3. Stochastic differential games have been used extensively to model agents' competitions in finance, for instance, in P2P lending platforms from the Fintech industry, the banking system for systemic risk, and insurance markets. The recently proposed machine learning algorithm, deep fictitious play, provides a novel and efficient tool for finding Markovian Nash equilibrium of large \begin{document}$N$\end{document}-player asymmetric stochastic differential games [J. Han and R. Hu, Mathematical and Scientific Machine Learning Conference, pages 221-245, PMLR, 2020]. By incorporating the idea of fictitious play, the algorithm decouples the game into \begin{document}$N$\end{document} sub-optimization problems, and identifies each player's optimal strategy with the deep backward stochastic differential equation (BSDE) method parallelly and repeatedly. In this paper, we prove the convergence of deep fictitious play (DFP) to the true Nash equilibrium. We can also show that the strategy based on DFP forms an \begin{document}$\epsilon$\end{document}-Nash equilibrium. We generalize the algorithm by proposing a new approach to decouple the games, and present numerical results of large population games showing the empirical convergence of the algorithm beyond the technical assumptions in the theorems.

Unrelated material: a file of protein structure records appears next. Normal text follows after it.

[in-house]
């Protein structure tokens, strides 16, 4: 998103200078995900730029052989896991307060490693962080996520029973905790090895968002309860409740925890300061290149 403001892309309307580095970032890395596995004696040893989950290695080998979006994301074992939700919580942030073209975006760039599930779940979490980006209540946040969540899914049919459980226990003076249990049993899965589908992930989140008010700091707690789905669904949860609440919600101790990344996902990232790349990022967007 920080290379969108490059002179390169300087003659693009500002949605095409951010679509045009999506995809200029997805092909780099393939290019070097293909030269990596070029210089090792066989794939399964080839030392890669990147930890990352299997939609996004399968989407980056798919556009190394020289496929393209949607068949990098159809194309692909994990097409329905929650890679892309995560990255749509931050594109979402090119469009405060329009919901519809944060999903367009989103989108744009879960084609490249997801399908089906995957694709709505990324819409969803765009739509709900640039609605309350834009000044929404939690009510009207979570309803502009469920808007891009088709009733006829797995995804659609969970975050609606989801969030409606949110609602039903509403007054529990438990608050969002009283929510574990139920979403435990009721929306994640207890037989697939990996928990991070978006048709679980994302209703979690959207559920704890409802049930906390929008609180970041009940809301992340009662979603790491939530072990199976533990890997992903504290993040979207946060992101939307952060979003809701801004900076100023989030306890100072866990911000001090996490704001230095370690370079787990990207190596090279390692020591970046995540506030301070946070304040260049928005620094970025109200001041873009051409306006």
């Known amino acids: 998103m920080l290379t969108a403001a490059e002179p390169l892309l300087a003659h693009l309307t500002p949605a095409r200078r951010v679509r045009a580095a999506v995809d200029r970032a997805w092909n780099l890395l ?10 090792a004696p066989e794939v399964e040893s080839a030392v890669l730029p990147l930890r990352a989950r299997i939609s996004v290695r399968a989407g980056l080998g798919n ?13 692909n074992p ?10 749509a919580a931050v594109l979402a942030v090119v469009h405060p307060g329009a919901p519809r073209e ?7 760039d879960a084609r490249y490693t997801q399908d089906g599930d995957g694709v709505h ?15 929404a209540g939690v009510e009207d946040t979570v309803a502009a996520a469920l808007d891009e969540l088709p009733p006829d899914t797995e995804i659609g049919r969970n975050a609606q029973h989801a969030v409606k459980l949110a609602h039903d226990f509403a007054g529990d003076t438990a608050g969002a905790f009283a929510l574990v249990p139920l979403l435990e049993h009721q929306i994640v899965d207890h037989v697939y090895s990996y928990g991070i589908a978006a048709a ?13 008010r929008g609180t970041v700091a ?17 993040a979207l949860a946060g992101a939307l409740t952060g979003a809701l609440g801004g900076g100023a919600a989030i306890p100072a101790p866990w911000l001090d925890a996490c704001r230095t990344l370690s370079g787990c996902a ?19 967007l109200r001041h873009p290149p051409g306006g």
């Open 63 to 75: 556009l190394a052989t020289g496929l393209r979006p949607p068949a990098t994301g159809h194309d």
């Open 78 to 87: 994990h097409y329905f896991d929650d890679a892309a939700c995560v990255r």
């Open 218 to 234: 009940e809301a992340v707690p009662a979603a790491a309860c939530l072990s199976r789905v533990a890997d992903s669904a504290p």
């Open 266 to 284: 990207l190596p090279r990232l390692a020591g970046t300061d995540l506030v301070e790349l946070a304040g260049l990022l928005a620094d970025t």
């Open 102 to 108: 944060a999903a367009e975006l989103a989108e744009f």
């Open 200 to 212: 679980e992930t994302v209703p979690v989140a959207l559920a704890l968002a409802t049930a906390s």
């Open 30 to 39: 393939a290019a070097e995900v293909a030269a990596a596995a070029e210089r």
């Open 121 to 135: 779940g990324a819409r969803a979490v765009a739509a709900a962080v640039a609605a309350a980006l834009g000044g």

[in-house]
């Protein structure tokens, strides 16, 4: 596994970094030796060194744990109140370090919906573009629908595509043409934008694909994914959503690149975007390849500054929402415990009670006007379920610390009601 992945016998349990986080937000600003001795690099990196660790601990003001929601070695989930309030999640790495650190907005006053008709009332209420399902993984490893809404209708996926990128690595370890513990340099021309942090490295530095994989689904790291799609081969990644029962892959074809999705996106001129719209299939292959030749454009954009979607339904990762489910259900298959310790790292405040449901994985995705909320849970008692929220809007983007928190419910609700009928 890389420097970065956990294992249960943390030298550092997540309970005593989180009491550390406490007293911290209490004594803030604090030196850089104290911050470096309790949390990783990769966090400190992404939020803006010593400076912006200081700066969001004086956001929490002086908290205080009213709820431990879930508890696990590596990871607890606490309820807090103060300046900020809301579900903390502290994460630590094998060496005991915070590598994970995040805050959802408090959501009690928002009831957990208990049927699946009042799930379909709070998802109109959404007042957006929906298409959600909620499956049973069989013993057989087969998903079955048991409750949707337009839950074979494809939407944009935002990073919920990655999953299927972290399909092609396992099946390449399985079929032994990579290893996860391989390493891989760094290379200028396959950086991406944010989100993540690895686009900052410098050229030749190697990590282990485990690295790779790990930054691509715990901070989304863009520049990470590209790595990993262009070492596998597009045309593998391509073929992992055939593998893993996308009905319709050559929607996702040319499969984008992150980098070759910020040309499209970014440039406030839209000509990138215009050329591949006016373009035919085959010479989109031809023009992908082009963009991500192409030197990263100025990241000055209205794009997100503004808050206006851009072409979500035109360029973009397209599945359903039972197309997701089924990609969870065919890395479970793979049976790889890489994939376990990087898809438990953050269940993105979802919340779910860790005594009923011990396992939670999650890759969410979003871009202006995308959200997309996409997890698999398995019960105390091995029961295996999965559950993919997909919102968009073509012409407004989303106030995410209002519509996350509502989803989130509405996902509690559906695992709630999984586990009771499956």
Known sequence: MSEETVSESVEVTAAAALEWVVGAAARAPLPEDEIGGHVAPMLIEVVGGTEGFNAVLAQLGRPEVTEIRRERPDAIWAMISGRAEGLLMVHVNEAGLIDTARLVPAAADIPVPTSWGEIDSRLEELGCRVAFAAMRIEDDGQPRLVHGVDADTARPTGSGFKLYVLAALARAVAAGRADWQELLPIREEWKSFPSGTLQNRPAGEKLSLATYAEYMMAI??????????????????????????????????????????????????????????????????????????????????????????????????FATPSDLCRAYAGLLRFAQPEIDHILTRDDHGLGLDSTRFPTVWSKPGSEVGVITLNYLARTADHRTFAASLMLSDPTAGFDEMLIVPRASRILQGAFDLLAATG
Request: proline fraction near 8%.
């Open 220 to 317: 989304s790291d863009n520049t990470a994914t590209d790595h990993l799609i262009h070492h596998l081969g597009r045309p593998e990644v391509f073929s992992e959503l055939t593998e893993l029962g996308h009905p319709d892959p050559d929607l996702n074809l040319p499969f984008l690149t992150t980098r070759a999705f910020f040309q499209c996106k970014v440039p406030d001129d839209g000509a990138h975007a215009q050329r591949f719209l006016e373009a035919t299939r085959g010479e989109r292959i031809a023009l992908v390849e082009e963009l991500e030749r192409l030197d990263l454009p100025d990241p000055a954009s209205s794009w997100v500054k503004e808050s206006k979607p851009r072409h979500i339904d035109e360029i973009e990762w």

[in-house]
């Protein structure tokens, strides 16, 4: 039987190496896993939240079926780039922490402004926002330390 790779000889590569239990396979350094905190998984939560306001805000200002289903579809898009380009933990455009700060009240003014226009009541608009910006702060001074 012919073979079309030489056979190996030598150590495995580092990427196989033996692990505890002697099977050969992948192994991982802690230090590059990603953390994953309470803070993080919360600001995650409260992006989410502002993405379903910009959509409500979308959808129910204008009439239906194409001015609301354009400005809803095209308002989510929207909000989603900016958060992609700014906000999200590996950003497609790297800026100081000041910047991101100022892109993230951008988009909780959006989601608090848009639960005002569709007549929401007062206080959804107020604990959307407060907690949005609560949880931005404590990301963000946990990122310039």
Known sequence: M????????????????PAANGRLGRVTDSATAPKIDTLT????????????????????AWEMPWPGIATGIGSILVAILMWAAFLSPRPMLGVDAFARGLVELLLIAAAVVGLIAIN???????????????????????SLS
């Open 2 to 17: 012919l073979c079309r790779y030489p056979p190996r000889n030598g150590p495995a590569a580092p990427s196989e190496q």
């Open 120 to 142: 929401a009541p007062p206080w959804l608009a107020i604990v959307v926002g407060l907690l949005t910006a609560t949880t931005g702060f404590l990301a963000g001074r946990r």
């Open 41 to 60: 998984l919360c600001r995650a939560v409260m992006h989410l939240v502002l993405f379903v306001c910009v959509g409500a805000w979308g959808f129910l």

4. We establish an instantaneous smoothing property for decaying solutions on the half-line \begin{document}$(0, +\infty)$\end{document} of certain degenerate Hilbert space-valued evolution equations arising in kinetic theory, including in particular the steady Boltzmann equation. Our results answer the two main open problems posed by Pogan and Zumbrun in their treatment of \begin{document}$H^1$\end{document} stable manifolds of such equations, showing that \begin{document}$L^2_{loc}$\end{document} solutions that remain sufficiently small in \begin{document}$L^\infty$\end{document} (i) decay exponentially, and (ii) are \begin{document}$C^\infty$\end{document} for \begin{document}$t>0$\end{document}, hence lie eventually in the \begin{document}$H^1$\end{document} stable manifold constructed by Pogan and Zumbrun.
5. We study the convergence rate of a continuous-time simulated annealing process \begin{document}$(X_t; \, t \ge 0)$\end{document} for approximating the global optimum of a given function \begin{document}$f$\end{document}. We prove that the tail probability \begin{document}$\mathbb{P}(f(X_t) > \min f +\delta)$\end{document} decays polynomial in time with an appropriately chosen cooling schedule of temperature, and provide an explicit convergence rate through a non-asymptotic bound. Our argument applies recent development of the Eyring-Kramers law on functional inequalities for the Gibbs measure at low temperatures.